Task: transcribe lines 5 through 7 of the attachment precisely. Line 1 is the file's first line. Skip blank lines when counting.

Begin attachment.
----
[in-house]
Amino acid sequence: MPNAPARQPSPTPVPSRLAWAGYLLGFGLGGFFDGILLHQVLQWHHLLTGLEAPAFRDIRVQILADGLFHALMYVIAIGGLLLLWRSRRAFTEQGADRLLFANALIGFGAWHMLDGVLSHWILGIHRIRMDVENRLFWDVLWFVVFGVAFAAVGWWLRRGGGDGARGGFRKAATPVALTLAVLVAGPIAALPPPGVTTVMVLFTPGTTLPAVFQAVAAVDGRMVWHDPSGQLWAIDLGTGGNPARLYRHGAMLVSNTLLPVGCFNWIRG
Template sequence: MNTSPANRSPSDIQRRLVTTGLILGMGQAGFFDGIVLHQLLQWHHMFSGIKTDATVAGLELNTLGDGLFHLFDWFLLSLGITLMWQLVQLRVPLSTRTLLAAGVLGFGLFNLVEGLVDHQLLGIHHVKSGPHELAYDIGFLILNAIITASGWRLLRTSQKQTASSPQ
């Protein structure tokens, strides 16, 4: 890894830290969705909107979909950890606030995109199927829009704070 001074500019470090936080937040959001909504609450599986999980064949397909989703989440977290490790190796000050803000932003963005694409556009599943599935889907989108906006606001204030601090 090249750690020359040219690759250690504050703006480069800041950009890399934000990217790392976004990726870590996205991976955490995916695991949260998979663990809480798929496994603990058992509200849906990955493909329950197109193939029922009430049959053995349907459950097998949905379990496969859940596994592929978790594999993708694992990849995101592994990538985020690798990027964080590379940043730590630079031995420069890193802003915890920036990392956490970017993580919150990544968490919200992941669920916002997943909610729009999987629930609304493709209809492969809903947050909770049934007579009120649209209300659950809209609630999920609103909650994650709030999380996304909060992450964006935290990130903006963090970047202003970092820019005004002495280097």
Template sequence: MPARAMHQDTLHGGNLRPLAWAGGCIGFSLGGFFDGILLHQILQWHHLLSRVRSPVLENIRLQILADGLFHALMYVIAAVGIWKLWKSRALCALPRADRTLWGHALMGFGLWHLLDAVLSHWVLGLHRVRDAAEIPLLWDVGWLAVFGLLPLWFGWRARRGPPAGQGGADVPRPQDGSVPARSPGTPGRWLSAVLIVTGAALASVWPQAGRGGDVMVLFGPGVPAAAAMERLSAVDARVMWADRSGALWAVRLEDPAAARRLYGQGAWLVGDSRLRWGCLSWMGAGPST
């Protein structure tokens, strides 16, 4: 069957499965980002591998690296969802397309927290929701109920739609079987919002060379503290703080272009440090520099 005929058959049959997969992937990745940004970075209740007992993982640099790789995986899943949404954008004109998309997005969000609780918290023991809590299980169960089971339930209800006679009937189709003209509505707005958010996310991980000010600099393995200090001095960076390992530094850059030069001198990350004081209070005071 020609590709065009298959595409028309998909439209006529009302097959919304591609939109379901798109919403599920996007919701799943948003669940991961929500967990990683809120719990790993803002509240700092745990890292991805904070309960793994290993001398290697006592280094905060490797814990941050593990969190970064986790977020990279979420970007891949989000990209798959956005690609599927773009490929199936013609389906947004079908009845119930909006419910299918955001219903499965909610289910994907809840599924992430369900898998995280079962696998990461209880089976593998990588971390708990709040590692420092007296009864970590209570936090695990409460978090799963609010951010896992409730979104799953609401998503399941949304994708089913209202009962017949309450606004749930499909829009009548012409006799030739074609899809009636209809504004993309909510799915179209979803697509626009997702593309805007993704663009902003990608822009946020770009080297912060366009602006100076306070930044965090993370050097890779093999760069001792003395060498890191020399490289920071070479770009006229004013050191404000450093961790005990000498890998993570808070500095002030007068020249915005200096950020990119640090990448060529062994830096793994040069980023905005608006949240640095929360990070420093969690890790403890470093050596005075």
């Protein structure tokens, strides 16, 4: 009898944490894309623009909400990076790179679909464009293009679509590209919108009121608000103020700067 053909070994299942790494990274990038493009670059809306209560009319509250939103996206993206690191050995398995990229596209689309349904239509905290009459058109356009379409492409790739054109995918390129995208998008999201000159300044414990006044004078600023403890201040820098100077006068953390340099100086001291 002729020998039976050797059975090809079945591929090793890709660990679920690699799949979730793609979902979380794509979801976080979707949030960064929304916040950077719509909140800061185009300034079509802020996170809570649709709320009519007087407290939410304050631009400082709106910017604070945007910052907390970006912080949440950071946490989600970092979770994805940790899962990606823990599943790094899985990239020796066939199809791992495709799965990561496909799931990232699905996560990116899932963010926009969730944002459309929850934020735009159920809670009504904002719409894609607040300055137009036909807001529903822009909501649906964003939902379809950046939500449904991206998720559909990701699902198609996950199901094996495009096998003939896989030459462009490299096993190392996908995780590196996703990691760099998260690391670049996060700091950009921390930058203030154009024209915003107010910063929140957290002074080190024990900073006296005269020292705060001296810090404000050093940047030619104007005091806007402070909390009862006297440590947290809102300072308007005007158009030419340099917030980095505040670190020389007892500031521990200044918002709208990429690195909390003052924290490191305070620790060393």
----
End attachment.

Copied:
Template sequence: MPARAMHQDTLHGGNLRPLAWAGGCIGFSLGGFFDGILLHQILQWHHLLSRVRSPVLENIRLQILADGLFHALMYVIAAVGIWKLWKSRALCALPRADRTLWGHALMGFGLWHLLDAVLSHWVLGLHRVRDAAEIPLLWDVGWLAVFGLLPLWFGWRARRGPPAGQGGADVPRPQDGSVPARSPGTPGRWLSAVLIVTGAALASVWPQAGRGGDVMVLFGPGVPAAAAMERLSAVDARVMWADRSGALWAVRLEDPAAARRLYGQGAWLVGDSRLRWGCLSWMGAGPST
């Protein structure tokens, strides 16, 4: 069957499965980002591998690296969802397309927290929701109920739609079987919002060379503290703080272009440090520099 005929058959049959997969992937990745940004970075209740007992993982640099790789995986899943949404954008004109998309997005969000609780918290023991809590299980169960089971339930209800006679009937189709003209509505707005958010996310991980000010600099393995200090001095960076390992530094850059030069001198990350004081209070005071 020609590709065009298959595409028309998909439209006529009302097959919304591609939109379901798109919403599920996007919701799943948003669940991961929500967990990683809120719990790993803002509240700092745990890292991805904070309960793994290993001398290697006592280094905060490797814990941050593990969190970064986790977020990279979420970007891949989000990209798959956005690609599927773009490929199936013609389906947004079908009845119930909006419910299918955001219903499965909610289910994907809840599924992430369900898998995280079962696998990461209880089976593998990588971390708990709040590692420092007296009864970590209570936090695990409460978090799963609010951010896992409730979104799953609401998503399941949304994708089913209202009962017949309450606004749930499909829009009548012409006799030739074609899809009636209809504004993309909510799915179209979803697509626009997702593309805007993704663009902003990608822009946020770009080297912060366009602006100076306070930044965090993370050097890779093999760069001792003395060498890191020399490289920071070479770009006229004013050191404000450093961790005990000498890998993570808070500095002030007068020249915005200096950020990119640090990448060529062994830096793994040069980023905005608006949240640095929360990070420093969690890790403890470093050596005075």
């Protein structure tokens, strides 16, 4: 009898944490894309623009909400990076790179679909464009293009679509590209919108009121608000103020700067 053909070994299942790494990274990038493009670059809306209560009319509250939103996206993206690191050995398995990229596209689309349904239509905290009459058109356009379409492409790739054109995918390129995208998008999201000159300044414990006044004078600023403890201040820098100077006068953390340099100086001291 002729020998039976050797059975090809079945591929090793890709660990679920690699799949979730793609979902979380794509979801976080979707949030960064929304916040950077719509909140800061185009300034079509802020996170809570649709709320009519007087407290939410304050631009400082709106910017604070945007910052907390970006912080949440950071946490989600970092979770994805940790899962990606823990599943790094899985990239020796066939199809791992495709799965990561496909799931990232699905996560990116899932963010926009969730944002459309929850934020735009159920809670009504904002719409894609607040300055137009036909807001529903822009909501649906964003939902379809950046939500449904991206998720559909990701699902198609996950199901094996495009096998003939896989030459462009490299096993190392996908995780590196996703990691760099998260690391670049996060700091950009921390930058203030154009024209915003107010910063929140957290002074080190024990900073006296005269020292705060001296810090404000050093940047030619104007005091806007402070909390009862006297440590947290809102300072308007005007158009030419340099917030980095505040670190020389007892500031521990200044918002709208990429690195909390003052924290490191305070620790060393």